The oil spill in the Gulf Coast, which will stand as a monument to human stupidity and greed, could possibly completely devastate the ecosystem–turning it into something else entirely.

If the flow is soon staunched, affected populations should rebound from losses in a few years, and even sooner if the oil stays at sea long enough to be churned by waves and consumed by microbes. Ecosystems will stay intact.

But if oil flows continue, plant and animal populations may be pushed to species-level tipping points, their numbers so low that replenishment is impossible. When this happens, food webs change. Some remaining species become more common, and others less. Disruption favors low-level opportunists that rush into newly open niches. Local ecosystems tip. If that keeps happening, an entire region can tip.

What does that mean? Its means the fish might go away. Or the shrimp. Or some of the plants. Or all of the above. It’s impossible to know right now. Adding insult to injury, as the article points out, is that overpollution has already stressed the Gulf ecosystem, meaning the oil spill might be the straw that breaks the camels back.

Unfortunately, the Gulf is already stressed by fishing and pollution. Mississippi River dams and levees have altered water and sediment flows that historically nourished the delta. In the last 50 years, some 1,500 square miles of wetlands have vanished. Sea-grass losses range from 12 percent to two-thirds. Researchers have reported changes in species compositions, and growing areas of vegetation “patchiness,” a pattern considered symptomatic of stressed systems verging on tips.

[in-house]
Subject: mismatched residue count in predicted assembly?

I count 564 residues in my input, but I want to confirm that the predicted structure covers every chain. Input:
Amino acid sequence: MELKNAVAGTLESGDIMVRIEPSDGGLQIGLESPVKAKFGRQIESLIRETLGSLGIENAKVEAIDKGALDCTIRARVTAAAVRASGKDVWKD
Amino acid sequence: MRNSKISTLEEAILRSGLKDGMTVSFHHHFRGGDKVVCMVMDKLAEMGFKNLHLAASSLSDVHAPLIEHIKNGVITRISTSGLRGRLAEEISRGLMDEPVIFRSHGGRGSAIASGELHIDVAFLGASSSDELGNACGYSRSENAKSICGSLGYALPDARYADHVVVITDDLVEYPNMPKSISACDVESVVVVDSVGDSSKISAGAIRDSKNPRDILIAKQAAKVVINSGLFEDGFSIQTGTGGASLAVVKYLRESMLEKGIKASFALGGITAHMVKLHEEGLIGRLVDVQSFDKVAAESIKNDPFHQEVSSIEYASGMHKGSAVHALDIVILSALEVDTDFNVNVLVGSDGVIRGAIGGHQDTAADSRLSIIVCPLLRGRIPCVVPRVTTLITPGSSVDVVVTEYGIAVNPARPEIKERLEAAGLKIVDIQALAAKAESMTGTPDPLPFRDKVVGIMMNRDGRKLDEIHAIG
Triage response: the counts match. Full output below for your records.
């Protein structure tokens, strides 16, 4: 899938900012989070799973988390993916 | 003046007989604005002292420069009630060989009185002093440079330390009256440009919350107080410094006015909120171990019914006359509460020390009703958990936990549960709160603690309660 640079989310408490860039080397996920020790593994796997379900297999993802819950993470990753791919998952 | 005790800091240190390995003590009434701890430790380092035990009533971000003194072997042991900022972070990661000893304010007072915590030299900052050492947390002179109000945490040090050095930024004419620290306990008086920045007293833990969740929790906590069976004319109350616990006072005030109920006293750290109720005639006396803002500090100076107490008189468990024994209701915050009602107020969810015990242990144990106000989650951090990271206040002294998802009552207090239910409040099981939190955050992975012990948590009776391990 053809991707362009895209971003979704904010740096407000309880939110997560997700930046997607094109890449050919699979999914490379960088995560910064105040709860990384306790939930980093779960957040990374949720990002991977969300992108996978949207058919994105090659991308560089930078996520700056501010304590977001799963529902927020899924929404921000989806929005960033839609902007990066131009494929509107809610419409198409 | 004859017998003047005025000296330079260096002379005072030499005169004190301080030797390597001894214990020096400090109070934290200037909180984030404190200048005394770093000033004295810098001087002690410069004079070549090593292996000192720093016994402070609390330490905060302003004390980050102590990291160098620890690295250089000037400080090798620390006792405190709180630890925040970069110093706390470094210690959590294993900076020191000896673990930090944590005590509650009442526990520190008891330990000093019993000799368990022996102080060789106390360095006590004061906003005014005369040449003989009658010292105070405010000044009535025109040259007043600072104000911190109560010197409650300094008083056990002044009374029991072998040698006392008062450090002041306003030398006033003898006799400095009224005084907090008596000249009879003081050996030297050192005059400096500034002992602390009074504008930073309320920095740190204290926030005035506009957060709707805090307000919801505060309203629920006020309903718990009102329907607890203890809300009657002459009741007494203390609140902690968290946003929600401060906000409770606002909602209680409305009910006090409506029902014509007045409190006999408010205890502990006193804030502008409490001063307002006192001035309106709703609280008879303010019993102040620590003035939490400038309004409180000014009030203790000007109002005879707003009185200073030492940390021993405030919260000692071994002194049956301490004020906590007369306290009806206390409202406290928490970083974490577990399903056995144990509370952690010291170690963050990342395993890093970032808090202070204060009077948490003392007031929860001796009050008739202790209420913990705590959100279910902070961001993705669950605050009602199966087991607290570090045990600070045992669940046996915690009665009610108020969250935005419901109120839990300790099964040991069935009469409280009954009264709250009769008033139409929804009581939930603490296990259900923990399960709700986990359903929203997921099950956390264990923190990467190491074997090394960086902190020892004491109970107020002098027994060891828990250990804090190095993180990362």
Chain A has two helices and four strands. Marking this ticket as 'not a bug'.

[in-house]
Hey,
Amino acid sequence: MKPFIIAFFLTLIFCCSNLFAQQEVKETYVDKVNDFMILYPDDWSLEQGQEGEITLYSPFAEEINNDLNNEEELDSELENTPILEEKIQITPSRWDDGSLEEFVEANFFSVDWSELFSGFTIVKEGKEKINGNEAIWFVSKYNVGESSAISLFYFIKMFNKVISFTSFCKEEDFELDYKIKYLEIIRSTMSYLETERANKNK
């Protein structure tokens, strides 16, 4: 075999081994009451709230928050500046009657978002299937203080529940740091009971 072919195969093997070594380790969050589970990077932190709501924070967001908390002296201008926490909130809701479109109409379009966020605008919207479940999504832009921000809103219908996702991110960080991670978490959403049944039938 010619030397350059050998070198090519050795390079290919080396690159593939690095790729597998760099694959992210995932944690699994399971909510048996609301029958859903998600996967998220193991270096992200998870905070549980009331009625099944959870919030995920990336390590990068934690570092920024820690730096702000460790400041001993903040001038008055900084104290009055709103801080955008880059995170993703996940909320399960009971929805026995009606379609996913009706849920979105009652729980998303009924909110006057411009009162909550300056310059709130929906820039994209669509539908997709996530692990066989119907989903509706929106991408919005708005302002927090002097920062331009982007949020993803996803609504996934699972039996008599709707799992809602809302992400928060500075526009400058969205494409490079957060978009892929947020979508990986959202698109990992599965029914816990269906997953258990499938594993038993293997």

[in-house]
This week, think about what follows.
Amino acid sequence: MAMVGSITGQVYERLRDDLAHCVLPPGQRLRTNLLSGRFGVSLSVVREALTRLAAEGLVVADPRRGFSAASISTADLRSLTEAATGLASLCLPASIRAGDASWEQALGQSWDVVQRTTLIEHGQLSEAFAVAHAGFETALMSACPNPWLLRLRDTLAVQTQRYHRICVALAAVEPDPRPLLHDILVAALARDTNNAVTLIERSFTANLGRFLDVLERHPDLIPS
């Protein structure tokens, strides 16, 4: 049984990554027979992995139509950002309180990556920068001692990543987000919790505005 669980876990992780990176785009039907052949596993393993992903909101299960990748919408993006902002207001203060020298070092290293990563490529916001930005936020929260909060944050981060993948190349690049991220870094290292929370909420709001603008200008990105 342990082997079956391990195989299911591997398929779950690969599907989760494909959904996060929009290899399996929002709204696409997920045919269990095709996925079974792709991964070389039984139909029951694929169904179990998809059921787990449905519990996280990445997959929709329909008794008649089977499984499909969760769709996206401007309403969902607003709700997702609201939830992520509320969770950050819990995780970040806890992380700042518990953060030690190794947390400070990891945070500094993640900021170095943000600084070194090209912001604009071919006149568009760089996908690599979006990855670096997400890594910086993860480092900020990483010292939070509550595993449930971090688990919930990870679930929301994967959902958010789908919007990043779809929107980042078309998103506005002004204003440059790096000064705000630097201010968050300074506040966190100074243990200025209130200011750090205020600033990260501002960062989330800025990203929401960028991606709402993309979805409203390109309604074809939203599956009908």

“The system is already becoming degraded,” said University of New Orleans ecologist Denise Reed. It’s too soon to know if local systems will tip, but “oil could push a marsh that’s already hanging by its fingernails over the edge,” she said.

Especially vulnerable are sea grasses and marshes in the western Gulf, home to a fishery worth $2.4 billion annually. The western Gulf has few beaches, which would allow oil to be cleaned with relative ease as it washes ashore. It lacks the barrier islands that line northern and eastern shores, calming waters and slowing the oil’s advance. Louisiana’s scalloped coastline could soak oil like a sponge.

The worst part of it all is that, at the present time, it looks like it might take weeks to stop the oil from leaking. Meaning we’re probably going to see some terrible, permanent effects and soon.

What’s the most mind-boggling about this disaster is that it illustrates an unbelievable lack of foresight. Oil pipelines have exploded before. Offshore rigs have leaked before. There is, in fact, technology available to make shutting off undersea valves quite simple. They are, in fact, required by law in Norway and Brazil. Alas, though, they are not required in the United States. So what could have become a manageable accident has become an unmitigated disaster.

All because the folks running the show were too stupid to put existing safeguards in place.